In a Wednesday afternoon OU Staff Senate meeting, President Joseph Harroz discussed the vaccination of OU faculty and staff, the chance of online classes and testing of on-campus students ahead of the spring 2021 semester.
Harroz said starting the spring semester a week late rather than having a spring break gives the university “the best chance to get through next semester.” He also said the university doesn’t anticipate an all-online transition.
“We know that there are more difficult days ahead, but at this time, that is not something we’re contemplating,” Harroz said. “Now, it is a topic that you always have to have in the back of your mind, but that is not the current plan.”
Harroz also said there are no current reports of COVID-19 transmission within the classrooms on campus.
“If you aren’t in your home … one of the very safest places you can be is our classrooms,” Harroz said. “We still don’t know of any transmissions (that have) taken place there.”
In an interview with The Daily, OU Chief COVID Officer Dr. Dale Bratzler said the classrooms are “intended to be set up in such a way — with six feet between desks and everyone in the room wearing a mask — that students in the room would not be considered a close contact of any student who could potentially be positive by the CDC’s definition.”
“Because we set up the classrooms with six feet of physical distancing and everybody's required to be wearing a mask, those two interventions in general make it so that you don't even meet the criteria to be a direct contact,” Bratzler said. “But we just simply haven't seen people report that as a likely source of infection. And as I tell the doctors on this campus, somewhere between 40 to 45 percent of people who get COVID-19 never have a single symptom. Rather, they look perfectly normal, but could be infectious, and that’s why we insisted on a masking policy.”
According to Harroz, students will receive the Vault Health saliva-based PCR COVID-19 testing before they can move into the dorms, as they did before the Fall 2020 semester. Harroz said free COVID-19 testing will still be available for students, faculty and staff on campus.
“Partnership continues with (OU Health) to offer free testing for students in the residence halls,” Harroz said. “We are working closely with IMMY Labs here in Norman for additional testing in the Jenkins Garage. And a profound thanks to Goddard health care workers. They’re incredible and have been there for us.”
During the meeting, Harroz cited a New York Times article as a testament of the efforts by the OU and Norman community to control the spread of the virus.
“They indicated that the counties where major universities are in across the country are generally experiencing two-times as many COVID-19 deaths as the other counties in those states,” Harroz said. “For Norman and Cleveland County, is it at 50% of the rate of the state as a whole in terms on COVID-19 deaths.”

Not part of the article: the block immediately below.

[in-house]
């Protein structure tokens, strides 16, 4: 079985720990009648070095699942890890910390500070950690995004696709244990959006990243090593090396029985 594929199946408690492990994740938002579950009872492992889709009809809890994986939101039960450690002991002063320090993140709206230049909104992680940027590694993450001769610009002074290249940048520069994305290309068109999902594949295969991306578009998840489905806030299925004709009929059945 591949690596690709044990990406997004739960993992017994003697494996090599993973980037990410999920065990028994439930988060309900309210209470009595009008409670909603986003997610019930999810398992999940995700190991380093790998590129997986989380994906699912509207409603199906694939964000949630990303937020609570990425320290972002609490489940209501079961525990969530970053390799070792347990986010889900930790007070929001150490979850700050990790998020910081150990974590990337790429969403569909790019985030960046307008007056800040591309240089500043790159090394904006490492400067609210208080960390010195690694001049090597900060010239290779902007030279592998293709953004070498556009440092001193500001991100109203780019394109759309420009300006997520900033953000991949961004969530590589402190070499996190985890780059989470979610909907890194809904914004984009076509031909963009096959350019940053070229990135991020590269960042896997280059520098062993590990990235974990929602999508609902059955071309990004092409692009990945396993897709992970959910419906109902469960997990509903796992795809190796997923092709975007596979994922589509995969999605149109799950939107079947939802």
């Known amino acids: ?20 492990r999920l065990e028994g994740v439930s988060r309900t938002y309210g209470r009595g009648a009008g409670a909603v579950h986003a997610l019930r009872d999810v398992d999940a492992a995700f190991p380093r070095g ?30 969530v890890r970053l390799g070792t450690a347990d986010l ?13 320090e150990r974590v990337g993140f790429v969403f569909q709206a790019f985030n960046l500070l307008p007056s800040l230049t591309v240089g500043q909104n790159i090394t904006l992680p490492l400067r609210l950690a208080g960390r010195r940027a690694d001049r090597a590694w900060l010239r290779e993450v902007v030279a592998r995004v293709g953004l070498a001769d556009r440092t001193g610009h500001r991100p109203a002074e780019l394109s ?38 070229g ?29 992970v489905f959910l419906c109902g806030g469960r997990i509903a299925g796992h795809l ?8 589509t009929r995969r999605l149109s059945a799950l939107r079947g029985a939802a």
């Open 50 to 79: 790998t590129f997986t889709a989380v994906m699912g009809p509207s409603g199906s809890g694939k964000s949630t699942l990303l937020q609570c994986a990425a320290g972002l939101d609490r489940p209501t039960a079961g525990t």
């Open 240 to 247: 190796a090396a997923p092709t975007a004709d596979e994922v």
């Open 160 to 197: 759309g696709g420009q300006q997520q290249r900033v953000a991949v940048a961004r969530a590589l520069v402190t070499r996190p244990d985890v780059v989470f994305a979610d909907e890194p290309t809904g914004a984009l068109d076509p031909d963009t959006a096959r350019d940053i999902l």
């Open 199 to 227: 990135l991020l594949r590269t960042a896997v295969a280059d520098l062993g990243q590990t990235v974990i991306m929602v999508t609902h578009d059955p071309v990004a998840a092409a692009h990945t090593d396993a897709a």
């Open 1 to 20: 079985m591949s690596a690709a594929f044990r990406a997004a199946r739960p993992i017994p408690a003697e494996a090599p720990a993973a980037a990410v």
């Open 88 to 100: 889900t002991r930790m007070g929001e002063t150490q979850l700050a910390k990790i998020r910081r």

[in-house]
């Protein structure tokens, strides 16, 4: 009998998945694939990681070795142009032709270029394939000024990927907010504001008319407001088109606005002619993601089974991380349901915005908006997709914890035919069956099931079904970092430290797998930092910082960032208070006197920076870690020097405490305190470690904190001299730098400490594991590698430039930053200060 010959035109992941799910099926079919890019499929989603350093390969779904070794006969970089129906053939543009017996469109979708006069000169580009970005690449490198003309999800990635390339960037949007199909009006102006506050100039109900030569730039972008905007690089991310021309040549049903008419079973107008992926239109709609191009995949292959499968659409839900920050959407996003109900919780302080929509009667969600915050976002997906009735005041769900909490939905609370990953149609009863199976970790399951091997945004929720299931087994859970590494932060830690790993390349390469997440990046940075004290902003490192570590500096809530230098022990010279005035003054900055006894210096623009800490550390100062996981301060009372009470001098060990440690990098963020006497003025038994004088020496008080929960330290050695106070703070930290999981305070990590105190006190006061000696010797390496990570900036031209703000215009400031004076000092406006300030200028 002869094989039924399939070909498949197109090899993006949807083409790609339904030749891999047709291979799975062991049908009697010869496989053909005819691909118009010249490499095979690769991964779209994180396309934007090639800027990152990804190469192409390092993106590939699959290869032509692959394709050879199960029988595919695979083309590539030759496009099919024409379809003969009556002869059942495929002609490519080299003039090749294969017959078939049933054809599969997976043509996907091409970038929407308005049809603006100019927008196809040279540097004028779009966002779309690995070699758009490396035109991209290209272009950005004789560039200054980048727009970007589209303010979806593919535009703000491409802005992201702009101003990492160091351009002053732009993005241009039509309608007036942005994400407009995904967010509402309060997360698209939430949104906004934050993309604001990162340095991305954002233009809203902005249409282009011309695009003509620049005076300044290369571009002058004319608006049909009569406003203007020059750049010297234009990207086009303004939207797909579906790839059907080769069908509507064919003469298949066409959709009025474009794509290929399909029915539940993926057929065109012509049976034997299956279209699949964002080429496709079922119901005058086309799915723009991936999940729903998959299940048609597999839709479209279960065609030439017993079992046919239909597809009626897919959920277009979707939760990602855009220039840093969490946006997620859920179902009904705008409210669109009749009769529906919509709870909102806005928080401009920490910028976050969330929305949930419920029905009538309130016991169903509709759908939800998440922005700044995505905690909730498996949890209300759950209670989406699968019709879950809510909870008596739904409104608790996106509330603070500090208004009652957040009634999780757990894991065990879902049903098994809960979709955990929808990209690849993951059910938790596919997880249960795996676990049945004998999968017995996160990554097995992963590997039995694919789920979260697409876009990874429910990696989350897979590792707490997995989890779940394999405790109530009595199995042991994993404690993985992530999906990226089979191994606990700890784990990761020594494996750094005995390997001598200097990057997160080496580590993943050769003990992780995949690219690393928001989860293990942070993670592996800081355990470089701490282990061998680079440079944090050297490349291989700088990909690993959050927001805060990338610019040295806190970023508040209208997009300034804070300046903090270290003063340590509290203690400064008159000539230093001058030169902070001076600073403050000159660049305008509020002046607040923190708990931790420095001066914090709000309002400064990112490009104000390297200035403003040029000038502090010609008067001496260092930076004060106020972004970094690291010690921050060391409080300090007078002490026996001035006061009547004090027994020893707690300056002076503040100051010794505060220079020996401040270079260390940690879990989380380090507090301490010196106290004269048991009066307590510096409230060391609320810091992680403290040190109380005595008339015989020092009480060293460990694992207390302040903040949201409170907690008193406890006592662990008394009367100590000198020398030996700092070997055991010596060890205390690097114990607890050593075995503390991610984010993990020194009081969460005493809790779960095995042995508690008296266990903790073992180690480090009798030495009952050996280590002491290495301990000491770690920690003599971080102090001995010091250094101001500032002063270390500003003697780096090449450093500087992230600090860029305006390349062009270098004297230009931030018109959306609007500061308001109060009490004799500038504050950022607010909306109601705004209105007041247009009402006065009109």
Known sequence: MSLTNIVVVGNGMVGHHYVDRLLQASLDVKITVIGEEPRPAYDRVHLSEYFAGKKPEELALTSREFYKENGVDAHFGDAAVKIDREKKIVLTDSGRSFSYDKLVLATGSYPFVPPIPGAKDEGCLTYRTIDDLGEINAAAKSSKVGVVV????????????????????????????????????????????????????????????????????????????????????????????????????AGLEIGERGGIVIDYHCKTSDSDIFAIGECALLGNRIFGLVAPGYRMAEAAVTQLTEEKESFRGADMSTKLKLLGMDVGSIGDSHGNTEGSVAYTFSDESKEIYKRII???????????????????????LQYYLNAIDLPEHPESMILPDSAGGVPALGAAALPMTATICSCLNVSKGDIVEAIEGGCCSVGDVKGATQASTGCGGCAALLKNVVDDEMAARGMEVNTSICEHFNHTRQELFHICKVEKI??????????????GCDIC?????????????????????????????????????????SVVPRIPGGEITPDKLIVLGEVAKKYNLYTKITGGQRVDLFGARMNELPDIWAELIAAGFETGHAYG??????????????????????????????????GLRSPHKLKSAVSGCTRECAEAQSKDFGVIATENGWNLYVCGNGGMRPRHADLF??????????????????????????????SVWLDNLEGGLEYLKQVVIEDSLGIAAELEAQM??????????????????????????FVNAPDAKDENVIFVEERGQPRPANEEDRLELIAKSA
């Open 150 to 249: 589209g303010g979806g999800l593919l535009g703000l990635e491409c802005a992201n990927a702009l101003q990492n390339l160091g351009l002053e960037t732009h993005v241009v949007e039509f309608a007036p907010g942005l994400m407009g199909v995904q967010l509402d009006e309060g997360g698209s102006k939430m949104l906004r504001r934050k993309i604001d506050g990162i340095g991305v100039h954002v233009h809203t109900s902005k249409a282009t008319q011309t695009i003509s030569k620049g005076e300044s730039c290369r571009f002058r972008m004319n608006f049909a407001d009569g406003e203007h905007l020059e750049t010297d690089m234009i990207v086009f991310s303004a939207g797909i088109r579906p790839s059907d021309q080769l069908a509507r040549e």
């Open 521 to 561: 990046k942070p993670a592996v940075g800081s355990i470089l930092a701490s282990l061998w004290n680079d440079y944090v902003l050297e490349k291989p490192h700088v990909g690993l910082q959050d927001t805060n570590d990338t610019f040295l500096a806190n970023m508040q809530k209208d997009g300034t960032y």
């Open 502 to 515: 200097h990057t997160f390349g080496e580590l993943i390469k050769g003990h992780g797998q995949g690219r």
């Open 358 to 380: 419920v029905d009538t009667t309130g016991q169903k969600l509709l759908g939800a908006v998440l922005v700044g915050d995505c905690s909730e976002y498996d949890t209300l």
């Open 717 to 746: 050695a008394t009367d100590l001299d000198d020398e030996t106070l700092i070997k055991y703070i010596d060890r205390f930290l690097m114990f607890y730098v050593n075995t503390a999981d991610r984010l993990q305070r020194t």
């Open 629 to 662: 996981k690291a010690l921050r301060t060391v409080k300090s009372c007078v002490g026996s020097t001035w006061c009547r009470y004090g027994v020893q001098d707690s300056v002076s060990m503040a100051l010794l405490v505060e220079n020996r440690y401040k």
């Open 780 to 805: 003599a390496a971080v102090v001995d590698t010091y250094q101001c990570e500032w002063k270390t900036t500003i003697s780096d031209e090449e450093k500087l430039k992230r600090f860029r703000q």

On July 7, the Norman City Council voted in favor of a mask ordinance. On Nov. 10, they voted to extend the ordinance as it was set to expire Nov. 30. According to Bratzler, “communities with mask mandates have seen a reduction of about 25 percent in the risk of increasing cases in Oklahoma.”
Harroz said the OU Health received the COVID-19 vaccine on Tuesday. He said he will be receiving the vaccine.
“I encourage everyone to get vaccinated,” Harroz said. “Whenever it’s my turn in line, I certainly will.”
Harroz said the position the university is at right now is “remarkable” and thanked the faculty and staff for their role within the university.
“I know you’ve heard me say it in a bunch of different settings, but it could be a very different situation for the university,” Harroz said. “This tragedy has affected all of us. The pandemic has impacted every one of our lives — and many profoundly — but there is no way to express the gratitude I have for how hard everyone’s worked to preserve this university.”
Harroz said the “best possible outcome” in regard to the COVID-19 pandemic is no university-wide furloughs or layoffs, which Harroz said the university still has no plans for.
“We still do not have COVID-19 related furloughs or layoffs on the agenda,” Harroz said “Those are not something that are being contemplated right now, period.”
Harroz said OU employees making less than the minimum salary band will receive a pay-increase in January. According to Harroz, there are at least 87 employees on the Norman campus in need of the proposed pay increase and 159 at the OU Health and Sciences Center that will receive the proposed pay increase.
Harroz said the university will “grow and continue to become better.” Despite the time of “deep darkness,” Harroz said, “we also stand in a time of great light.”
“As we see the vaccine, while we don’t know exactly where that light is, the light is shining, and we’re going to get there,” Harroz said. “We also have a strategic plan to continue in a season of light. It is a bright light about where we can go as an institution. We have gotten to this point in a pandemic.”